Rev Paul Nicolson
Taxpayers Against Poverty
• My mother had eight sons, all of whom worked until retirement and brought up families, apart from one with rheumatoid arthritis. My five sisters worked part-time and raised children. Of my parents’ 24 grandchildren, all are working, most of them in south Tyneside, an area of high unemployment. Twelve of my nephews and nieces have degrees; some of the greedier ones have two. Of my parents’ 37 great-grandchildren, all those over 18 are working or at university. When you lump together all of the taxes we have paid over the years, it is a good return on the pittance our family was given during hard times. This government’s policy is to identify minorities, such as children born to big families, then give them a good kicking. Jackboot politics.
• The impact of the benefit freeze is often underplayed. The government says the raising of the minimum wage will assist the “just about managing”, hardworking families. However, while it’s very helpful for some, most low-income working households with children will gain little. As their net earnings go up, their “in-work” benefits will go down. If wages rise with inflation but benefits are frozen, not only does the benefit part of their income not keep up with inflation: it’s reduced, because any gain in income reduces entitlement to benefits/tax credits – nothing to do with cuts; the cuts are on top. Low-income households with children will only keep just over a third of any wage rise that work colleagues not needing to claim benefits will receive. If the “just about managing” families are really to be helped, then halting the ongoing benefits freeze is essential.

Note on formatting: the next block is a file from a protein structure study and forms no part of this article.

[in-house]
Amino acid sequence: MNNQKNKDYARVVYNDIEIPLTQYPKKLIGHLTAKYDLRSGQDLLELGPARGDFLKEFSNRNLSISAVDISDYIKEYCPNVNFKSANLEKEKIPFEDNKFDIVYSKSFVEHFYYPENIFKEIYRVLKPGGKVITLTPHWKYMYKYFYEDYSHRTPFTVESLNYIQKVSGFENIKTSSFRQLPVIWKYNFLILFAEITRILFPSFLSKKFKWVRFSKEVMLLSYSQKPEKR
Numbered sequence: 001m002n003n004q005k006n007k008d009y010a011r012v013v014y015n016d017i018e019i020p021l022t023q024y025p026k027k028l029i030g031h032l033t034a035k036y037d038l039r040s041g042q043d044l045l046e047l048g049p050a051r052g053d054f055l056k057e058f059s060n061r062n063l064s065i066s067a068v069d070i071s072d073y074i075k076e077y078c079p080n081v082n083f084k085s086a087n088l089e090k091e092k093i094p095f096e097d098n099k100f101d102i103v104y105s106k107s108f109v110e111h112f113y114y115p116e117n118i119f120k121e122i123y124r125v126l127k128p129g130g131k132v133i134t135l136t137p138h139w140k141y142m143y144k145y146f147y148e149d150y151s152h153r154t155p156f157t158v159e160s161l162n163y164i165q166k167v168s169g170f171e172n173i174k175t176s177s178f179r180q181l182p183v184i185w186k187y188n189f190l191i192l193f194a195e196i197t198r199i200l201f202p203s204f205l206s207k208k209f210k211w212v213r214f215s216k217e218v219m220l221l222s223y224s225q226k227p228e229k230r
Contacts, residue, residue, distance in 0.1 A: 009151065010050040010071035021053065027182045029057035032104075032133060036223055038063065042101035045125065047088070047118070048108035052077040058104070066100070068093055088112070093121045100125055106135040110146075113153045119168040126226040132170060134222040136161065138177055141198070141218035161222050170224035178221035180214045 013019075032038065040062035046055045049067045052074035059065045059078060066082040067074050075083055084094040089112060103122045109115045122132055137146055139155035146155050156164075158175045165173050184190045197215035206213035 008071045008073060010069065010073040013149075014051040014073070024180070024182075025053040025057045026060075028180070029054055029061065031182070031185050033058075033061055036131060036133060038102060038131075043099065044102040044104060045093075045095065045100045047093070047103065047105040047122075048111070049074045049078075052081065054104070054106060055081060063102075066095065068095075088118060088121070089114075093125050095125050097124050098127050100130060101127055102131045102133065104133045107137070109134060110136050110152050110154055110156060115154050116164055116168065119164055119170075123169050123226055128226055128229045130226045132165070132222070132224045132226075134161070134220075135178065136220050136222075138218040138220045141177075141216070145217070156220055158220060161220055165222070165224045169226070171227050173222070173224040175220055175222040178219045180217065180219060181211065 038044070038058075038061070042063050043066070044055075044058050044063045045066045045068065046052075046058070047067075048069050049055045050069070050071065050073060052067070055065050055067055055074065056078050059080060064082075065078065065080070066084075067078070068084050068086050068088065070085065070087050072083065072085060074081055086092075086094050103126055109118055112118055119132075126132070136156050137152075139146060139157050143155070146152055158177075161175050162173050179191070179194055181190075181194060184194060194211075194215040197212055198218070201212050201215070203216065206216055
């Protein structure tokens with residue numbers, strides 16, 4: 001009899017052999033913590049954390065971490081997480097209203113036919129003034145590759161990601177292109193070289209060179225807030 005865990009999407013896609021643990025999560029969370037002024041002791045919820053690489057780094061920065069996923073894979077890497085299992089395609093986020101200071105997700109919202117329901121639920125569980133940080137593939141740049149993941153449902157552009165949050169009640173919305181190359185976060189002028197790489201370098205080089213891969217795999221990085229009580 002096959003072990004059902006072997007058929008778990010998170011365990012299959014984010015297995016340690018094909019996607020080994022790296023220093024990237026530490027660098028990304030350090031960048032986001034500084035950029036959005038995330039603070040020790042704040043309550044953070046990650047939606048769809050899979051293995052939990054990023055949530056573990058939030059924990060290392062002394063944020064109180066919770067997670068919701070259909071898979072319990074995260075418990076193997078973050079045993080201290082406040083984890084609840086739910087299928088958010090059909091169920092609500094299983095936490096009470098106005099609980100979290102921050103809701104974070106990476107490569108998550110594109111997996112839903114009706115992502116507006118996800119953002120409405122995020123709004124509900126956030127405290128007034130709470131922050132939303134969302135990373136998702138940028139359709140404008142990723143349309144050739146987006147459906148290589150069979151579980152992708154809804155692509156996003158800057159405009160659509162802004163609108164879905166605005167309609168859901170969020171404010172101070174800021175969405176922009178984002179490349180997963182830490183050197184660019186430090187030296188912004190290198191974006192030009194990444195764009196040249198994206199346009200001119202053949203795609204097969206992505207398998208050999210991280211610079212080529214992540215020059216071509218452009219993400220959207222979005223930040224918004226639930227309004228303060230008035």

Harrogate, North Yorkshire
• While I feel very sorry for Alan and his family (my own husband died of cancer five years ago), this not the first time I’ve heard of Conservative supporters feeling betrayed by the party they voted for (Report, 3 April). It is a pity that it takes personal experience to alert people to the devastating impact of government cuts.